The King Of Trees by Ah ChengThe King Of Trees by Ah Cheng

The King Of Trees

byAh ChengTranslated byB S Macdougall

Paperback | June 1, 2010

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When the three novellas in The King of Trees were published separately in China in the 1980s, “Ah Cheng fever” spread across the country. Never before had a fiction writer dealt with the Cultural Revolution in such Daoist-Confucian terms, discarding Mao-speak, and mixing both traditional and vernacular elements with an aesthetic that emphasized not the hardships and miseries of those years, but the joys of close, meaningful friendships. In The King of Chess, a student’s obsession with finding worthy chess opponents symbolizes his pursuit of the dao; in The King of Children—made into an award-winning film by Chen Kaige, the director of Farewell My Concubine—an educated youth is sent to teach at an impoverished village school where one boy’s devotion to learning is so great he is ready to spend 500 days copying his teacher’s dictionary; and in the title novella a peasant’s innate connection to a giant primeval tree takes a tragic turn when a group of educated youth arrive to clear the mountain forest. The King of Trees is a masterpiece of world literature, full of passion and noble emotions that stir the inner chambers of the heart.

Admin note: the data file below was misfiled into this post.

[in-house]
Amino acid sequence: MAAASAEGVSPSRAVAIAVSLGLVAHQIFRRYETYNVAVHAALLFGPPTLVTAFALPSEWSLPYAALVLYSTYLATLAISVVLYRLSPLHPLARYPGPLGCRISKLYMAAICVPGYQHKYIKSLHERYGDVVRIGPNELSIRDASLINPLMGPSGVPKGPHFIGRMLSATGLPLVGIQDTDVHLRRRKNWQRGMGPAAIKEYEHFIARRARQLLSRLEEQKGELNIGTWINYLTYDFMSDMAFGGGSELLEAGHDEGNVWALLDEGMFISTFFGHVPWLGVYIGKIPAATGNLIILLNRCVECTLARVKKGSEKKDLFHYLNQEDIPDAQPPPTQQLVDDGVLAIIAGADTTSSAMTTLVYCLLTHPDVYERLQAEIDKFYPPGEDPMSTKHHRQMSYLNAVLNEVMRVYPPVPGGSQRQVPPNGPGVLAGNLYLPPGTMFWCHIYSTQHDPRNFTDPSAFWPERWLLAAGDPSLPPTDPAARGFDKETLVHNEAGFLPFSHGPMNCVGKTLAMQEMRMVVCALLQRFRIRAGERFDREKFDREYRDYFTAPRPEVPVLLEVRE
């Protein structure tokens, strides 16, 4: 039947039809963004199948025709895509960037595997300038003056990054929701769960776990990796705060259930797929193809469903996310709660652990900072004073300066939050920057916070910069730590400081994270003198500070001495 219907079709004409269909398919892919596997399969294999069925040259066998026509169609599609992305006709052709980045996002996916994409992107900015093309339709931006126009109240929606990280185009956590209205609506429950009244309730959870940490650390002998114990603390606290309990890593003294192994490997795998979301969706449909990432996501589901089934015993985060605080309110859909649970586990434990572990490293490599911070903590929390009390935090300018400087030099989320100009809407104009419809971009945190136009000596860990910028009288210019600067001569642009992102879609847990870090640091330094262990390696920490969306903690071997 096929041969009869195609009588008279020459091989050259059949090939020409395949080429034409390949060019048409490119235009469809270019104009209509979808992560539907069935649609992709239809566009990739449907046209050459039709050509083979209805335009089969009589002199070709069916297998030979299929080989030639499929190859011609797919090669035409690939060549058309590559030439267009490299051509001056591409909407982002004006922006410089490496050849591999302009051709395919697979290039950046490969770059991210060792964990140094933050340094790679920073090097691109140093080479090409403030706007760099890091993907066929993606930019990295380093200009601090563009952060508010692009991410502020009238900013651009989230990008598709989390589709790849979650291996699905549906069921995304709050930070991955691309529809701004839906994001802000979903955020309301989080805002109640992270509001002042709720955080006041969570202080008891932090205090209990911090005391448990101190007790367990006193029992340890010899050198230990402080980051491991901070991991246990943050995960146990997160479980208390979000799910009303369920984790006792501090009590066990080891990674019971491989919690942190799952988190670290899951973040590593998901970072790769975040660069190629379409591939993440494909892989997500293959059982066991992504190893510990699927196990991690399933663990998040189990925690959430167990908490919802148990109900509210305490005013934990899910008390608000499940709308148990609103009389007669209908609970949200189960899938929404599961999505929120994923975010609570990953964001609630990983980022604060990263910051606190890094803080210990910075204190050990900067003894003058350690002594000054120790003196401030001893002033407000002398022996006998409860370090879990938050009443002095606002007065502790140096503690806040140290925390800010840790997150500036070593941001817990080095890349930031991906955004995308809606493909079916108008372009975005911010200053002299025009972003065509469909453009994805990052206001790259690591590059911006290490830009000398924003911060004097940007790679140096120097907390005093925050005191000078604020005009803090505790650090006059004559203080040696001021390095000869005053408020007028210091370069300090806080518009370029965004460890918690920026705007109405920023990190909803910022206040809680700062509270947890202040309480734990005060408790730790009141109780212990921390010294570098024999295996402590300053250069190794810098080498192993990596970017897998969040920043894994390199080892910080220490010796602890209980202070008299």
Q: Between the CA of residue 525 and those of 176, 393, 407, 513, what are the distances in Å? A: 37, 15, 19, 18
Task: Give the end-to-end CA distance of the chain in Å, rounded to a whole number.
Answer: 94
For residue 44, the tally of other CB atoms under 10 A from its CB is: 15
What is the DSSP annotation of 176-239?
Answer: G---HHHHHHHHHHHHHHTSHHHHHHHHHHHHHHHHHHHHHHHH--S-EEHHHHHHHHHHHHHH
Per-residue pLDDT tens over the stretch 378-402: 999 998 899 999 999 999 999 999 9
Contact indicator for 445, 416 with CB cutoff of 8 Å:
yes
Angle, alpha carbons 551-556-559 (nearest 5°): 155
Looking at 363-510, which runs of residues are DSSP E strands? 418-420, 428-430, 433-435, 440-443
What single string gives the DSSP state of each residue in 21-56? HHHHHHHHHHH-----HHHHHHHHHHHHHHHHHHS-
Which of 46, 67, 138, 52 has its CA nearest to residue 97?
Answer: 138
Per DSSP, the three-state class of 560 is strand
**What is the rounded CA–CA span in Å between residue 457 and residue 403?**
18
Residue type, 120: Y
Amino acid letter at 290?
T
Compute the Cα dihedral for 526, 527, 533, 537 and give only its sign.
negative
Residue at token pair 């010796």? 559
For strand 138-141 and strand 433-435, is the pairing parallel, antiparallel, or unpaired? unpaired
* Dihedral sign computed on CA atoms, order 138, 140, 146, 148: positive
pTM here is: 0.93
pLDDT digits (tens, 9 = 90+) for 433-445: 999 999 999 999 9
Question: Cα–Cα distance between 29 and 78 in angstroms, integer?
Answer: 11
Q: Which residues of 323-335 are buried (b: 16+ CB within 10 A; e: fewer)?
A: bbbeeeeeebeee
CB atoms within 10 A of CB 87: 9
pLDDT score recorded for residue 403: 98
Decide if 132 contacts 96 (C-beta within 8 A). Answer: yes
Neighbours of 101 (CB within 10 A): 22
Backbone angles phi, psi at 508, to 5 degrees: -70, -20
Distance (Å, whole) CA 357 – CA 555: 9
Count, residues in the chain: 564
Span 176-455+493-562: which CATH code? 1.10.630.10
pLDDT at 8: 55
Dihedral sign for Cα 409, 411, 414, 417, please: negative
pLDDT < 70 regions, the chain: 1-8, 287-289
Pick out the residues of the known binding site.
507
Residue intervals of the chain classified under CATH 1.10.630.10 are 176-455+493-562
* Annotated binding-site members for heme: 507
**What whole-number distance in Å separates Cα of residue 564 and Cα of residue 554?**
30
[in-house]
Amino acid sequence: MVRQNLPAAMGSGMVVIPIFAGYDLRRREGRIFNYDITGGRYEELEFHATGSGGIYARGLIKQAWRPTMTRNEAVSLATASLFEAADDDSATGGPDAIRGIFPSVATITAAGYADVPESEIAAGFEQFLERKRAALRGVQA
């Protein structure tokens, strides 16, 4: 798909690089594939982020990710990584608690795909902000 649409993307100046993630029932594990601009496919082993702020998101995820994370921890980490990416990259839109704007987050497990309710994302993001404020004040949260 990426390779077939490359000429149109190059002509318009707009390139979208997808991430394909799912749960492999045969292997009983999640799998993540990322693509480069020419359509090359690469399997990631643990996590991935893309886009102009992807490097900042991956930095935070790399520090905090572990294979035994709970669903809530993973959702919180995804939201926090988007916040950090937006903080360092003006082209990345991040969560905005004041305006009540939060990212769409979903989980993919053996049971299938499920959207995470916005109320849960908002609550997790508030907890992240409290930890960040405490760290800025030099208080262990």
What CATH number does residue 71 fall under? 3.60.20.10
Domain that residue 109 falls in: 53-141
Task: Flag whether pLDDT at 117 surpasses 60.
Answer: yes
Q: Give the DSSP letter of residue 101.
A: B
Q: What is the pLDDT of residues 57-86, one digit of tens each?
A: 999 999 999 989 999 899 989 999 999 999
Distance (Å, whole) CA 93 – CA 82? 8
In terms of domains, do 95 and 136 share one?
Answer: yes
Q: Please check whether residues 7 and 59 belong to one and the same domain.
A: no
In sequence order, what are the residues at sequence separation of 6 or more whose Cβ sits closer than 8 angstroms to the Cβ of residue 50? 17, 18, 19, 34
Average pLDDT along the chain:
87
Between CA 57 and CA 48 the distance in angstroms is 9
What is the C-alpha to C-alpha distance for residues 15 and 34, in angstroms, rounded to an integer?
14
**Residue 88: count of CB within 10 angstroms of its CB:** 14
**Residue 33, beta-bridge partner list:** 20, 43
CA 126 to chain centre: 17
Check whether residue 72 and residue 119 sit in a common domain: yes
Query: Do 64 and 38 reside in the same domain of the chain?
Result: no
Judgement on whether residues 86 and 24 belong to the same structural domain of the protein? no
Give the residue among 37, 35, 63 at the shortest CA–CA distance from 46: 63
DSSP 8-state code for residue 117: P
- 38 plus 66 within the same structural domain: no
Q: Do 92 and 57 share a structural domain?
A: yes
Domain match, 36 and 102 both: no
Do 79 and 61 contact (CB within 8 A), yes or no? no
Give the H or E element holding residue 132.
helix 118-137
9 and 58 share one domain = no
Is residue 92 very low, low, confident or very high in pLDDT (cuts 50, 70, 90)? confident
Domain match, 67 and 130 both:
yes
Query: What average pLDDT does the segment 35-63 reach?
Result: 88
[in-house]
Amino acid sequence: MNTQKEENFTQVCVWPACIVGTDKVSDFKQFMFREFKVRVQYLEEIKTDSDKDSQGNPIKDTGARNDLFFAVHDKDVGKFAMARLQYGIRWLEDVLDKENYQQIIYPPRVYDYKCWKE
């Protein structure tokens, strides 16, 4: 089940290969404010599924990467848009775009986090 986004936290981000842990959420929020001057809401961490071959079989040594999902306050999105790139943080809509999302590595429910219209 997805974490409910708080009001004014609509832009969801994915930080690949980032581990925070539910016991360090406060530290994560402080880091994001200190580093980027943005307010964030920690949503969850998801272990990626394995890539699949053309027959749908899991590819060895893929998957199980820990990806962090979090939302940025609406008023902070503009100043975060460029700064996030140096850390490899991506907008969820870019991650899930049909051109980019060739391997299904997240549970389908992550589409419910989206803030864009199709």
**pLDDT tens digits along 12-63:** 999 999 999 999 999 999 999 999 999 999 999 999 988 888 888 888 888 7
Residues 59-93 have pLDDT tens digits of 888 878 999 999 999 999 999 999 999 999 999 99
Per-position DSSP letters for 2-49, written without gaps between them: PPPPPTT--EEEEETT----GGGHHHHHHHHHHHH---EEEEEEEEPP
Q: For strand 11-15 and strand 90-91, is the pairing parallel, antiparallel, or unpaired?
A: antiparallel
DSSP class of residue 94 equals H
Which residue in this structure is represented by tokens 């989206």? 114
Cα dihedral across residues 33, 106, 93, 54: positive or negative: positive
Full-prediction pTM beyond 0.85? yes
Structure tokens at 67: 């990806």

Ah Cheng, born in Beijing in 1949, is the pen name of Zhong Acheng. An accomplished fiction writer, painter, and screenwriter, Ah Cheng spent the Cultural Revolution in a small village in Inner Mongolia, where he painted the sheep and grasslands, and then on a State Farm in Yunnan province. During the 1980s he came to prominence as a m...
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Title:The King Of TreesFormat:PaperbackDimensions:272 pages, 8 × 5.25 × 0.6 inPublished:June 1, 2010Publisher:WW NortonLanguage:English

The following ISBNs are associated with this title:

ISBN - 10:081121866X

ISBN - 13:9780811218665

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Editorial Reviews

Nearly all the Chinese critics who discuss Ah Cheng’s work go to great lengths to praise the spare, concentrated expressiveness of his prose style…. But they see in Ah Cheng’s powerful language an indicator of something else, too—they see in his style an extraordinary evocation of the Chinese national spirit, something that years of class struggle under Mao’s aegis had sought simply to efface. — Theodore Huters (Modern China)Beginning in 1984 with the publication of Ah Cheng’s novella The King of Chess, the last half of the 1980s represented a major turning point in contemporary Chinese fiction. From that time on, contemporary Chinese fiction has been ‘walking toward the world’ (zuoxiang shijie), a phrase that may be taken to mean approaching the quality of the finest in world fiction. — Michael Duke (World Literature Today)